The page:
linux-mips
[Top] [All Lists]

Re: Malta crashes on the latest 2.4 kernel

To: "Ralf Baechle" <ralf@oss.sgi.com>, "H. J. Lu" <hjl@lucon.org>
Subject: Re: Malta crashes on the latest 2.4 kernel
From: "Kevin D. Kissell" <kevink@mips.com>
Date: Thu, 11 Jul 2002 08:19:55 +0200
Cc: "Jun Sun" <jsun@mvista.com>, <linux-mips@oss.sgi.com>
References: <3D2CBF73.50001@mvista.com> <20020710164900.A28911@lucon.org> <20020711043601.B3207@dea.linux-mips.net>
Sender: owner-linux-mips@oss.sgi.com
> On Wed, Jul 10, 2002 at 04:49:00PM -0700, H. J. Lu wrote:
> 
> > > See the crash scene.  Anybody knows the cause?  It is strange to see the 
> > > reserved exception.
> > > 
> > 
> > The 2.4 kernel checked out around Jul  4 09:28 PDT works fine on Malta.
> 
> Jun's patch certainly is correct for some MIPS32 CPUs; others may get
> away without this one.  Previous experience with pipeline hazards on MIPS
> processors has shown that at times hazards may change even between minor
> revisions of a CPU; documentation isn't always trustworthy about such
> minor details of the pipeline.

Excuse me, but I've seen this statement used by others in
the past as an excuse for doing something silly or not doing
something reasonable, and it generally hasn't washed.
In what specific cases have the CP0 pipeline hazards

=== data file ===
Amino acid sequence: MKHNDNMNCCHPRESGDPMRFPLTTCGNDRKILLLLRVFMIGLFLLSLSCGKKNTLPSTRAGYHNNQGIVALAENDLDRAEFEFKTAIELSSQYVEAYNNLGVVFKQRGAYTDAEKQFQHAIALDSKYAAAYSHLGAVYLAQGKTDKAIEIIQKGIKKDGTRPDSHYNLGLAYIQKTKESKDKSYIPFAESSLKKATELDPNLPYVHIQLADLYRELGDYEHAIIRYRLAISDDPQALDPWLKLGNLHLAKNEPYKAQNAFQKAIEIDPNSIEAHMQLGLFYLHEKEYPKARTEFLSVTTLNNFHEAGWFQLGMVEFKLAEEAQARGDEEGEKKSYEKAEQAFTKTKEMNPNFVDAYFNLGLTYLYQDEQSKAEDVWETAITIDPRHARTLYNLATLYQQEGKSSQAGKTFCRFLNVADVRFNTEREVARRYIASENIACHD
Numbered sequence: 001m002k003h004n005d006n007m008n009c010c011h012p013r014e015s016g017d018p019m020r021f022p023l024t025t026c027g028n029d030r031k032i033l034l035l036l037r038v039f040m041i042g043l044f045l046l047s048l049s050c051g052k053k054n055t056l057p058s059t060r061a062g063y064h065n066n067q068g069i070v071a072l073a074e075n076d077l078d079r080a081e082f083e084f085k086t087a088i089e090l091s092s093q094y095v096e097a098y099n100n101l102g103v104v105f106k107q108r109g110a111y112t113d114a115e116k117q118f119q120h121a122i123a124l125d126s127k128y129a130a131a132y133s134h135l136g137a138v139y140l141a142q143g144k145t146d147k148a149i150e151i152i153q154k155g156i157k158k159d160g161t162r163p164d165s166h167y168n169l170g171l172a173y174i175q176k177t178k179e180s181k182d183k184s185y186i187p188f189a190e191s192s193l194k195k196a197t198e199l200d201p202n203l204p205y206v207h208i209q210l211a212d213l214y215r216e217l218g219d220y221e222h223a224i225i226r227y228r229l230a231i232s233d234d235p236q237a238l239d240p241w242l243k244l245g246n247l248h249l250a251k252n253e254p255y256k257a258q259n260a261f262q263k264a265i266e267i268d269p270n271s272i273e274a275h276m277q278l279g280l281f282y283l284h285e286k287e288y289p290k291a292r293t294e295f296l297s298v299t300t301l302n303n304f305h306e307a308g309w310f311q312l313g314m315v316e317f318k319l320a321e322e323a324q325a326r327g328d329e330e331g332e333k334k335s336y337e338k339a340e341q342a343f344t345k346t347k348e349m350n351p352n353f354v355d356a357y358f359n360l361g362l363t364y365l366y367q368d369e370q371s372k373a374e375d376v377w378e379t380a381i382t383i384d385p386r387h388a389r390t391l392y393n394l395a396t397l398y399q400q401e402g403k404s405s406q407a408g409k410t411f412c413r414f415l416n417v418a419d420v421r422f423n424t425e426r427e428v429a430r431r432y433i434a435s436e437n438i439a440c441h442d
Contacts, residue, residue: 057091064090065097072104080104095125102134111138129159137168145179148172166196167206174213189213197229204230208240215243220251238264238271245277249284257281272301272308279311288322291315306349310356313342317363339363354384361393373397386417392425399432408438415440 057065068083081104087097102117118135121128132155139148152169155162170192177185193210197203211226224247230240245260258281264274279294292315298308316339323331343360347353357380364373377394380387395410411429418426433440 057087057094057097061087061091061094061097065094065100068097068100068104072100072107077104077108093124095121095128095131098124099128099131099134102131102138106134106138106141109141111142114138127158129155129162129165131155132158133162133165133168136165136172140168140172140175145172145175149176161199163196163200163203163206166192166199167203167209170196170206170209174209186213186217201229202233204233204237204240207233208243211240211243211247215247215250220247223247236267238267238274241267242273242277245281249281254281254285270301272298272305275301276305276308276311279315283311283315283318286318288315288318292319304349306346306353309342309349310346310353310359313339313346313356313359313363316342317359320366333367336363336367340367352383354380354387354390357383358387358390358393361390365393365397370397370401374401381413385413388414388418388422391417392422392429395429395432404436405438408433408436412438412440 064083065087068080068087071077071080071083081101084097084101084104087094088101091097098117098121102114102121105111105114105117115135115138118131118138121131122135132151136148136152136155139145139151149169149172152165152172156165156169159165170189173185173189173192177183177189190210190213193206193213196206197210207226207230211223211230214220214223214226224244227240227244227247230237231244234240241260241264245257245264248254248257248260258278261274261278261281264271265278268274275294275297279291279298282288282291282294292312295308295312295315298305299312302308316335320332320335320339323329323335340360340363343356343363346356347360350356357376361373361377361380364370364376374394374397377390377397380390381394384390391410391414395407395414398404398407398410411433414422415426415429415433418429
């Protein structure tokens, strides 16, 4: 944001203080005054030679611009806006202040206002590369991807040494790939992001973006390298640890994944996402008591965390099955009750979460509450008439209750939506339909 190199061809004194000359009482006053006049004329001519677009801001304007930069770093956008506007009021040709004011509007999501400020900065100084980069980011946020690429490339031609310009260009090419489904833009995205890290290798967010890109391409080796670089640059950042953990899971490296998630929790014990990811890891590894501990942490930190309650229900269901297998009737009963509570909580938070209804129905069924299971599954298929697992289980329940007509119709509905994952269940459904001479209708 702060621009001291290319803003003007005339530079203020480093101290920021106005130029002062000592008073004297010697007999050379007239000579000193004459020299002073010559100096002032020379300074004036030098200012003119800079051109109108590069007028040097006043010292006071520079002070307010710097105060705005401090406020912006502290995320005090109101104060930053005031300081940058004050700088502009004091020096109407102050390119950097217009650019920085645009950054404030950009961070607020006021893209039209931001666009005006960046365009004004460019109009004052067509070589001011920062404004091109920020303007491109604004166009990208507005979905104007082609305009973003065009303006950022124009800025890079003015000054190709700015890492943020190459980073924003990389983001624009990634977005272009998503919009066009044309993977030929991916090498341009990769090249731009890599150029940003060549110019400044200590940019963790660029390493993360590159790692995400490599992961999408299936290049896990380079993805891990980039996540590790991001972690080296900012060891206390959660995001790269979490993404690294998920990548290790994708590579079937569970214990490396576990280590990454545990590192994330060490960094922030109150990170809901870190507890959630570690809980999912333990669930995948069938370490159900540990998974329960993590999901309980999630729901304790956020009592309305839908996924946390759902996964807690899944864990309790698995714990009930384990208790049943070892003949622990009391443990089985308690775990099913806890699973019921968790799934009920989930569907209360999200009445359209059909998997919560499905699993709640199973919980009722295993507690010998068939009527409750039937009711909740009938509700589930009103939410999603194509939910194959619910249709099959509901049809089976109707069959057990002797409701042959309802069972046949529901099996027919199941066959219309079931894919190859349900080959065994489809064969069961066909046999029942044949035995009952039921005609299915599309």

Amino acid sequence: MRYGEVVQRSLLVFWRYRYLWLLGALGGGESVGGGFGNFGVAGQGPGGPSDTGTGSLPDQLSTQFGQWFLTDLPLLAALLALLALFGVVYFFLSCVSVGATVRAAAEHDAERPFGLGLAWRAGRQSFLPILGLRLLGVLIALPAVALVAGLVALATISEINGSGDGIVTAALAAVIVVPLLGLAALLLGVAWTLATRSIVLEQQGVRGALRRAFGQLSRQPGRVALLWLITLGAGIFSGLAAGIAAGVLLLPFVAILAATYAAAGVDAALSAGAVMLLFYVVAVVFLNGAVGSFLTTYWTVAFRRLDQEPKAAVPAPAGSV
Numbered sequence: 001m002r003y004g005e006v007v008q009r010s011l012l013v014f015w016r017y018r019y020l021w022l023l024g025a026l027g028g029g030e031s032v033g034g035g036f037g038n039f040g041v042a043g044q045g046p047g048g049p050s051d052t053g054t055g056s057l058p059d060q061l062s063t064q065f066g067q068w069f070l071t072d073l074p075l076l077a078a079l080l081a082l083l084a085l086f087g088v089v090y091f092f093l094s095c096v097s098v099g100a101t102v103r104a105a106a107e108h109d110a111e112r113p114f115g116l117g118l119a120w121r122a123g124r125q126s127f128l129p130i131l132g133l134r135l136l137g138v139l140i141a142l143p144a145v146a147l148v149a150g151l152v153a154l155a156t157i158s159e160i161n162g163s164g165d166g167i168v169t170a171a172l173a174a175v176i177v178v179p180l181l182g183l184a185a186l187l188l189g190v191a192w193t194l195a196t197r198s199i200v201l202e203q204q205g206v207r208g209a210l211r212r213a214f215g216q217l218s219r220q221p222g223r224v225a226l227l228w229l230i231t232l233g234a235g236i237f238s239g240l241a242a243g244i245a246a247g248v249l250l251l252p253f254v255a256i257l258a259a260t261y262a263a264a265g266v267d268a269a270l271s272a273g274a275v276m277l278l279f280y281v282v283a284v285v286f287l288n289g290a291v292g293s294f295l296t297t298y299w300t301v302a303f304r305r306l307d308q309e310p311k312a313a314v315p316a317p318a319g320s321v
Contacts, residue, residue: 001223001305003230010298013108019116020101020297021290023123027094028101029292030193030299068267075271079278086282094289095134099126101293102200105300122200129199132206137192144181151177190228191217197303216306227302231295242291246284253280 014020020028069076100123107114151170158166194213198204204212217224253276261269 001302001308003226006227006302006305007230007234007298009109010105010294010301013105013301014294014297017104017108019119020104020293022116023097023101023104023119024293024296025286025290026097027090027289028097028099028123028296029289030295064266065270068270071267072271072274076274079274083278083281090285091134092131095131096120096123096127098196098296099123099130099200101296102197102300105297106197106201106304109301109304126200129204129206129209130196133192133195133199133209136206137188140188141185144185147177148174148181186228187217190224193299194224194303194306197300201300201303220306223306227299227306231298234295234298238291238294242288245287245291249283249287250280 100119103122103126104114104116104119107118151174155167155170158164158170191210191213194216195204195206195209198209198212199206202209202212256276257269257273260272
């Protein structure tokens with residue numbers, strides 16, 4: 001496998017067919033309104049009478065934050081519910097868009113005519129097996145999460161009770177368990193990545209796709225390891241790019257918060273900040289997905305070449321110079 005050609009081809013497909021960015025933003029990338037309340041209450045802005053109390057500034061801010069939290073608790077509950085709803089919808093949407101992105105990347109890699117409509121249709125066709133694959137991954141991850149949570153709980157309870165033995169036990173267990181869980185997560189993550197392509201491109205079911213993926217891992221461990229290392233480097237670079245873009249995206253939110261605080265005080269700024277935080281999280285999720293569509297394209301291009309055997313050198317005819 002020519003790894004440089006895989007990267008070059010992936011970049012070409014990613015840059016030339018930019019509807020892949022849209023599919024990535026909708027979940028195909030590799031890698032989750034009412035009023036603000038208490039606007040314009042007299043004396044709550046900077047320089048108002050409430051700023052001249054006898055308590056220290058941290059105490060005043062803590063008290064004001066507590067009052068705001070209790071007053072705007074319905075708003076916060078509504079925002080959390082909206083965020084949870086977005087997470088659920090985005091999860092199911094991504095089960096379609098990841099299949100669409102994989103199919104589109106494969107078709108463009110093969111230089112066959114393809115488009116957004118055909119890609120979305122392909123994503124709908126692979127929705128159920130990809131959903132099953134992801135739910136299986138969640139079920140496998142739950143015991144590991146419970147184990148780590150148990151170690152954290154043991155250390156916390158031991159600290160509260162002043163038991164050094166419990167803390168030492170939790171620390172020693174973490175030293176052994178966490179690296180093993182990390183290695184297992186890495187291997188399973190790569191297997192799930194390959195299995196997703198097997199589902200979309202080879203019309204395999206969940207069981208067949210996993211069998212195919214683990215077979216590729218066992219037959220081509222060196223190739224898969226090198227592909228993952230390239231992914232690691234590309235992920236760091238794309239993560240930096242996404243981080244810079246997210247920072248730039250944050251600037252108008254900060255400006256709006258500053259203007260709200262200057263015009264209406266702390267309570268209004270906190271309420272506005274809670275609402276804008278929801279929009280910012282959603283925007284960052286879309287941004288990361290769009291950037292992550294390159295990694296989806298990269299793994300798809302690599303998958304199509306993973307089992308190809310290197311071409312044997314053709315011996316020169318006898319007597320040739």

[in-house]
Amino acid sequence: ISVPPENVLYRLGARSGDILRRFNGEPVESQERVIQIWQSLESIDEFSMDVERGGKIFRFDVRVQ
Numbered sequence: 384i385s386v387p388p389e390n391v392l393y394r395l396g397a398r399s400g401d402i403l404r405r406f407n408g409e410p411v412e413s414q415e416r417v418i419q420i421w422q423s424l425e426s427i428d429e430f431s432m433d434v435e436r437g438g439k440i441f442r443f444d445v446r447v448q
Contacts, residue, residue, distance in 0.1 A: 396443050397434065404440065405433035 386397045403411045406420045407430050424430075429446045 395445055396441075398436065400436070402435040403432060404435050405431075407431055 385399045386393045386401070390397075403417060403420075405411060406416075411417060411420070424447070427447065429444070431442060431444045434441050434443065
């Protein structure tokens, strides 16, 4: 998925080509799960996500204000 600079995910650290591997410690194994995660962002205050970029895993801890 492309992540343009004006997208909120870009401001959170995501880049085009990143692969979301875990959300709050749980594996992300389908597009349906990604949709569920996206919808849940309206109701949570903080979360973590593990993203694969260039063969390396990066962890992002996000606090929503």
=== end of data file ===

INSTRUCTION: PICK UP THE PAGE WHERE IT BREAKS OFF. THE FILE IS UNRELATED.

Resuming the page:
changed between minor revisions of any production
MIPS CPU?  The *documentation* may have been
corrected, but these hazards are fairly fundamental
artifacts of the pipeline microarchitecture of a given
processor.

The CP0 hazard between a write of EntryHi
and a subsequent TLBWI instruction is flagged
in the MIPS32 spec and noted as being "typically" 
2 cycles.  I'm not going to spend the time going
through my full set of users manuals, but a representative
sampling shows this hazard as being specified for
every R4xxx and R5xxx CPU I checked.  The fact
that a given CPU *may* get away with it is no
excuse for not protecting common code.

I note that Ralf has, in fact, applied the fix to the
OSS CVS repository.  I also note that "BARRIER"
is still defined to be a string of 6 nops.  I would argue
(again) that those really, really ought to be ssnops,
and that if they *were* ssnops, one could probably
have fewer of them.

            Regards,

            Kevin K.


<Prev in Thread] Current Thread [Next in Thread>